Priming

The foundation of every paint is the primer.  There is a different primer that is best to use for every  different surface.  If this part is not done correctly, the chances are it may never be right. 
On new or bare exterior wood, a slow drying oil primer is best.  The long drying time is allowing the product to soak into the wood to an extent that it does not easily fail.  This can then be lightly sanded and re-primed or just top-coated with two coats of any type of paint.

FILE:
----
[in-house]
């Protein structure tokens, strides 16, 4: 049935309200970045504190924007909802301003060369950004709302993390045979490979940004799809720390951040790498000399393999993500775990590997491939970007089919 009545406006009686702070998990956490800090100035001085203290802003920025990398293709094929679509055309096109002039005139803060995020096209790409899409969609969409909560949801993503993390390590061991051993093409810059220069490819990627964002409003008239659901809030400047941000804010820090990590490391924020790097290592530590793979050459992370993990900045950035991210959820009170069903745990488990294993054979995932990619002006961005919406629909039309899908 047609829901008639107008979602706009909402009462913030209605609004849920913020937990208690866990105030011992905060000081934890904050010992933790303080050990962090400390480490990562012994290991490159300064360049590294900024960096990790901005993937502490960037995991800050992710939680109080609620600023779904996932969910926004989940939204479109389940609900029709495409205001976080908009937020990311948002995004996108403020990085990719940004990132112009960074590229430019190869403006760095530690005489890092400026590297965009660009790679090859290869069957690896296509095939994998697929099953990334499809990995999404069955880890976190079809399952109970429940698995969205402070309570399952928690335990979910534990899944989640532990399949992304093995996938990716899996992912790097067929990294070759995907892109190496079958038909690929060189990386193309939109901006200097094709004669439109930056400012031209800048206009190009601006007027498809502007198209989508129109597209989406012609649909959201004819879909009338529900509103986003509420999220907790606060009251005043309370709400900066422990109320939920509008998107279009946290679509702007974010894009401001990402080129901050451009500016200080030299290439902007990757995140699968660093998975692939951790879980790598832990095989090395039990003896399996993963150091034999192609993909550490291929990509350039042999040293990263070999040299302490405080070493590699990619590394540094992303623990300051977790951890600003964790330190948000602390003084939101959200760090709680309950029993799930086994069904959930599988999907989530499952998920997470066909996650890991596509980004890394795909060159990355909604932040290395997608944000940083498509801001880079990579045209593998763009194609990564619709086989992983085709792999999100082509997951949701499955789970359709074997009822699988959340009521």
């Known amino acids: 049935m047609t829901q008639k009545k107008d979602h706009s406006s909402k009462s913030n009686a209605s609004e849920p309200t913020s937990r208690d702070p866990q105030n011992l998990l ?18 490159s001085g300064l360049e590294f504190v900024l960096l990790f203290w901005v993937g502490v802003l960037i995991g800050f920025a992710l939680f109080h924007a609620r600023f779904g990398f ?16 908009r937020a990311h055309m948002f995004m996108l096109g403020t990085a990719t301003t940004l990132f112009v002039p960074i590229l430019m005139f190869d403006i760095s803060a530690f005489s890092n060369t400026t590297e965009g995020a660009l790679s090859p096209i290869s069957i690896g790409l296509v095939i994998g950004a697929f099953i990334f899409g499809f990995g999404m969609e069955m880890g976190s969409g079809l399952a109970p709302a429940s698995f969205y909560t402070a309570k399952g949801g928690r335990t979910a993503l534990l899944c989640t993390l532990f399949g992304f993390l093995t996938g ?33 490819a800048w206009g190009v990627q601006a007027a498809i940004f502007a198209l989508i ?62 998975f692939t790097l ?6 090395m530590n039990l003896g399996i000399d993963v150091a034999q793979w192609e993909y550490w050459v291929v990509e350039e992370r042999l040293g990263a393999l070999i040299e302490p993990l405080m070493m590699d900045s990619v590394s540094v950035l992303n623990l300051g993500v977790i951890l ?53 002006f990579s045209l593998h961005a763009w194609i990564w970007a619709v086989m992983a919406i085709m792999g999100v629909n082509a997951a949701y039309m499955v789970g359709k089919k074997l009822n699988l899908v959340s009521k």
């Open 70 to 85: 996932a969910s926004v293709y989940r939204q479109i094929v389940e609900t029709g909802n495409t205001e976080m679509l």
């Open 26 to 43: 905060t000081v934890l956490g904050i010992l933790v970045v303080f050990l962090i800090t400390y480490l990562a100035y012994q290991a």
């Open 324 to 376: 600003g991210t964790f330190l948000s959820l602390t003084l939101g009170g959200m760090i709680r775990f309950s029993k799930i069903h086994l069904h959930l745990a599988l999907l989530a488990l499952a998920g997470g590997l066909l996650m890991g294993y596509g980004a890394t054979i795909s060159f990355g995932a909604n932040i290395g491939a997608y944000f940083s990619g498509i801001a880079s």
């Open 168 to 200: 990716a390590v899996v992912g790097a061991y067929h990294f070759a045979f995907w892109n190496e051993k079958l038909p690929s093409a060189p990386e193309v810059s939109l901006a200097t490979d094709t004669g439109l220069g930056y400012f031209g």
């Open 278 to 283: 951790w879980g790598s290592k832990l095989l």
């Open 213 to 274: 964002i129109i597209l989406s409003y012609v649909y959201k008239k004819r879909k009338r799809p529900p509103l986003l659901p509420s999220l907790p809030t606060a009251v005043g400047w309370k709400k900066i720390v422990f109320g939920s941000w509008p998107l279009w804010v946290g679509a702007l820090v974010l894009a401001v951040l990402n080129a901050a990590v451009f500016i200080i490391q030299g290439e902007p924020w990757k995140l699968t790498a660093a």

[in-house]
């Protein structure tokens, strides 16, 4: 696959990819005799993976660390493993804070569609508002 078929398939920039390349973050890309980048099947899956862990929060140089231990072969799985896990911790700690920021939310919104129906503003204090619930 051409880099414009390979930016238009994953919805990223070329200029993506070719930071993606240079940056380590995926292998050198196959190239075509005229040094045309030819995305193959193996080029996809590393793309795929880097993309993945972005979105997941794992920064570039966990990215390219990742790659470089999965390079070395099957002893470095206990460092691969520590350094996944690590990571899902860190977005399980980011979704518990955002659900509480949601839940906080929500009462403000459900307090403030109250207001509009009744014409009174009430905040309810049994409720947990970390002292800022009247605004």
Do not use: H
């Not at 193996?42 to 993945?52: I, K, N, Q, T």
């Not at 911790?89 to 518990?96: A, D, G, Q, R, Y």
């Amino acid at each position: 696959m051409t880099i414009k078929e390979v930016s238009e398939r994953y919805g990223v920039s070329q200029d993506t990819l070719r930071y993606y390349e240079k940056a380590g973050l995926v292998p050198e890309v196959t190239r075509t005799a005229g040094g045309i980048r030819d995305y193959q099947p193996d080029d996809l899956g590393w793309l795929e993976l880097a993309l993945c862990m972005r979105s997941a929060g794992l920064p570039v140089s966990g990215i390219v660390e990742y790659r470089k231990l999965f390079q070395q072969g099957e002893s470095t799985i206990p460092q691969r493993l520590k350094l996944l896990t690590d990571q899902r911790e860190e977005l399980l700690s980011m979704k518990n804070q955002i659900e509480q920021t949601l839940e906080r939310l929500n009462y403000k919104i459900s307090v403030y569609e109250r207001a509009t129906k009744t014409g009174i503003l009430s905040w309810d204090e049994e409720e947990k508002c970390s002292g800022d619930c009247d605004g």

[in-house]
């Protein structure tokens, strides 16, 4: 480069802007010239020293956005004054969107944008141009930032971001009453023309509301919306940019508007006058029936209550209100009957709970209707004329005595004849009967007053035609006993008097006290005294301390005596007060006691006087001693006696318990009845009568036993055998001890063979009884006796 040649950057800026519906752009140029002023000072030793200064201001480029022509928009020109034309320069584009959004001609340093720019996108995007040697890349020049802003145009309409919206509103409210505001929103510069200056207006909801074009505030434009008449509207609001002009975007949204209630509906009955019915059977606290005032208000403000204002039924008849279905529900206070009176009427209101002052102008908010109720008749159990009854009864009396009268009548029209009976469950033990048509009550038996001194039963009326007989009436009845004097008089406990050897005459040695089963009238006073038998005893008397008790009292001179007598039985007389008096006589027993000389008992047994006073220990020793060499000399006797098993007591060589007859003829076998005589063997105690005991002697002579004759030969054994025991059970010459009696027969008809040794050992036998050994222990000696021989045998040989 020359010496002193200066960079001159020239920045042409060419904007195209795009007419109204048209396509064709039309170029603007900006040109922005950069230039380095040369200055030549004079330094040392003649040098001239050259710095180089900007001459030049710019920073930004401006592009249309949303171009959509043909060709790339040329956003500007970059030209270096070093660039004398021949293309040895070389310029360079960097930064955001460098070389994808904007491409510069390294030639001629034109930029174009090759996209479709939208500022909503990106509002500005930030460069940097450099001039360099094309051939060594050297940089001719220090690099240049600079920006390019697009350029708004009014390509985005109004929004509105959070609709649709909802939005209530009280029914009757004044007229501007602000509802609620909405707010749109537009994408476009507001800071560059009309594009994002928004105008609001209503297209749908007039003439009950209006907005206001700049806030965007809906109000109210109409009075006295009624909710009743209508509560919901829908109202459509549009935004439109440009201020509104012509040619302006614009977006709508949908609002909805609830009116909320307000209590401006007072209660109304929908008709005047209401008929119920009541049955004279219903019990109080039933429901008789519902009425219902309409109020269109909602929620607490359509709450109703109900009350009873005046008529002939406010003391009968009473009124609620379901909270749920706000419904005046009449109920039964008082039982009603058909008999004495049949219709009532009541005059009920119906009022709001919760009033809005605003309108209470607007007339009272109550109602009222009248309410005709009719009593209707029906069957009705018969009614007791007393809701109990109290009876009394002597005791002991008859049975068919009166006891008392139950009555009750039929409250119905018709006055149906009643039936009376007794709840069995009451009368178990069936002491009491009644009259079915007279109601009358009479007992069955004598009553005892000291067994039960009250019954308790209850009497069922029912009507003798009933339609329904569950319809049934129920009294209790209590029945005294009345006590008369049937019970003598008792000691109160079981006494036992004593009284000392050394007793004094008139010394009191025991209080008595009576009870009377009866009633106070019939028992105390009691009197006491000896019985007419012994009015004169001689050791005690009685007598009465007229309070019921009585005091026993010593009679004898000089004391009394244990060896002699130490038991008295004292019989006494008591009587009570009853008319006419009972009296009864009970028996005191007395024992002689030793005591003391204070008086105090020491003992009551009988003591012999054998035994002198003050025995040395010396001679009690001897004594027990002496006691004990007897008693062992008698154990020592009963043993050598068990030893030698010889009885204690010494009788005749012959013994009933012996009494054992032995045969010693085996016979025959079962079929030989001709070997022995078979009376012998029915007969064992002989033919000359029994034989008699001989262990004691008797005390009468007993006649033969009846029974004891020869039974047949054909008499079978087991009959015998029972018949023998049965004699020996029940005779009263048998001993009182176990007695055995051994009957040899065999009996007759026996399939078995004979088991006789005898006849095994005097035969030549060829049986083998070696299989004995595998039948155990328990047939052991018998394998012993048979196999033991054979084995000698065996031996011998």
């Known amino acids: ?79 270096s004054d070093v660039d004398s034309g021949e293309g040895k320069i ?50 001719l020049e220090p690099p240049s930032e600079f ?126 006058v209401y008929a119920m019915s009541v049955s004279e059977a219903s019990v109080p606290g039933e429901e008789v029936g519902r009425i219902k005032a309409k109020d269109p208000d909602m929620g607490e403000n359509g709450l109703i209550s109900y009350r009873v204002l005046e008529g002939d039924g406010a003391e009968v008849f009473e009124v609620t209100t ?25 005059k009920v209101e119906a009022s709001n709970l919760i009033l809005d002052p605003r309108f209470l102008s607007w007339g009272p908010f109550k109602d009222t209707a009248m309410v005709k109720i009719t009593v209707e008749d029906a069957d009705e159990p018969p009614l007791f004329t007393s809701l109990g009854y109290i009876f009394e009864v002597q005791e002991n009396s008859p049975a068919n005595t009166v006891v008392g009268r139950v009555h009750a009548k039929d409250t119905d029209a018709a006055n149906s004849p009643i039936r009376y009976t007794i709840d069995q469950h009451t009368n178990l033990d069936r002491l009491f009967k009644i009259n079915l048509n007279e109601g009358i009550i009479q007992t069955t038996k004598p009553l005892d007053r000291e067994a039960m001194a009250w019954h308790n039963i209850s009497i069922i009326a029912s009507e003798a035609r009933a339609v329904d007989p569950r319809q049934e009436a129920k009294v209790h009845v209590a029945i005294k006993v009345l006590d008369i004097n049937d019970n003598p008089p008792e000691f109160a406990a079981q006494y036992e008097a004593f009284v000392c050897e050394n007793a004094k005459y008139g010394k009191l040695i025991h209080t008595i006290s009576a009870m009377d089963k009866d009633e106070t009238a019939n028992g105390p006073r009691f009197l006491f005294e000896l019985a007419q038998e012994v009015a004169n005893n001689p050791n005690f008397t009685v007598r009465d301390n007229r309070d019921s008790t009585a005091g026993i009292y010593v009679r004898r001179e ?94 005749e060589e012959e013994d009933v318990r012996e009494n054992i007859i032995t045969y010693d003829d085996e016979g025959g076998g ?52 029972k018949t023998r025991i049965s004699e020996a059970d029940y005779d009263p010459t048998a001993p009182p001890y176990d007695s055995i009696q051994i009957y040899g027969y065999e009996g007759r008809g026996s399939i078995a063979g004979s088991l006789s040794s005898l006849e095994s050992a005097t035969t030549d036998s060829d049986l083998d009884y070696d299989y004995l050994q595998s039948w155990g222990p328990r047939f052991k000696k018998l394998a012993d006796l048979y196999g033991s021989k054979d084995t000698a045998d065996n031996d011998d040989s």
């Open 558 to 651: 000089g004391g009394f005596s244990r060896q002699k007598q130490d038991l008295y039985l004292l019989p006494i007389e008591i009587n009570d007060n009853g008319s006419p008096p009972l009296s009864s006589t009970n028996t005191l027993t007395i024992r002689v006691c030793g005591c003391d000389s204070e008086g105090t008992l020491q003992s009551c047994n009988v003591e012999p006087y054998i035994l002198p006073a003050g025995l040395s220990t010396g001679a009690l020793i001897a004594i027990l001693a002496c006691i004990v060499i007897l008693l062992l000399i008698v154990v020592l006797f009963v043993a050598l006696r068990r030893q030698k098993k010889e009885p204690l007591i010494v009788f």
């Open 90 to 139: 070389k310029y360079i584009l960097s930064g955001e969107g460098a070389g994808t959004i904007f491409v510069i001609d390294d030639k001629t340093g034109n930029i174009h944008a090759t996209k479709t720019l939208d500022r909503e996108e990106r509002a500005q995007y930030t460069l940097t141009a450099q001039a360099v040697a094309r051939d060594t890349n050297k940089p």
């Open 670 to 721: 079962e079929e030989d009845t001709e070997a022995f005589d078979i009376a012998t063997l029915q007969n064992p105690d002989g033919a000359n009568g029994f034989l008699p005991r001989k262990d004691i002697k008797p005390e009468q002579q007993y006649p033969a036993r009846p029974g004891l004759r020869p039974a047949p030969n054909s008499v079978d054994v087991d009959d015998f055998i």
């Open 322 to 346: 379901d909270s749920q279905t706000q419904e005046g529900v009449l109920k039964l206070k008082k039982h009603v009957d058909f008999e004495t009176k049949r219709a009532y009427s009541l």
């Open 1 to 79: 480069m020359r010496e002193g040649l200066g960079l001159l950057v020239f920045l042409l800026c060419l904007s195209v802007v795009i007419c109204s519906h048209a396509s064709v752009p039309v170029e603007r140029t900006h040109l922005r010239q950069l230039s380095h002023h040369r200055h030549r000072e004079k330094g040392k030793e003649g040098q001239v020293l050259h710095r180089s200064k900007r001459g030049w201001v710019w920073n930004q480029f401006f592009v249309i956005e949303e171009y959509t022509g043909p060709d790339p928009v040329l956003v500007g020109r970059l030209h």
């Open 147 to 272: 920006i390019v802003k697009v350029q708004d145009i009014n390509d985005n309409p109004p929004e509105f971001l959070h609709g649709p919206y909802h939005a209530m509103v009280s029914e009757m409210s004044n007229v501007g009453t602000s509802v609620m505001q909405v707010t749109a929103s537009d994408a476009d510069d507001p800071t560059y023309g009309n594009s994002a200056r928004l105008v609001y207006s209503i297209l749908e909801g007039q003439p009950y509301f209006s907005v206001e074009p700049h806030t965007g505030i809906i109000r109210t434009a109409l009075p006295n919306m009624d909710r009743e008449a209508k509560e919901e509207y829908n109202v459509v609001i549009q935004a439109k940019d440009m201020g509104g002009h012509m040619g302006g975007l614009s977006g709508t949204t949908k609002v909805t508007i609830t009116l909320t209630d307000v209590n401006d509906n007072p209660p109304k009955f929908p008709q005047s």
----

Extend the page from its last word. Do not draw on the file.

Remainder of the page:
Caulking and window glazing should never be applied to unprimed wood.
PVC is no different and requires its own primer so the top coat does not peel away during the next pressure wash.
When possible, all wood should be back primed or box primed on all six sides before installing.
When priming tough to maintain surfaces such as some iron, industrial primers are available for the longest lasting finish.

Priming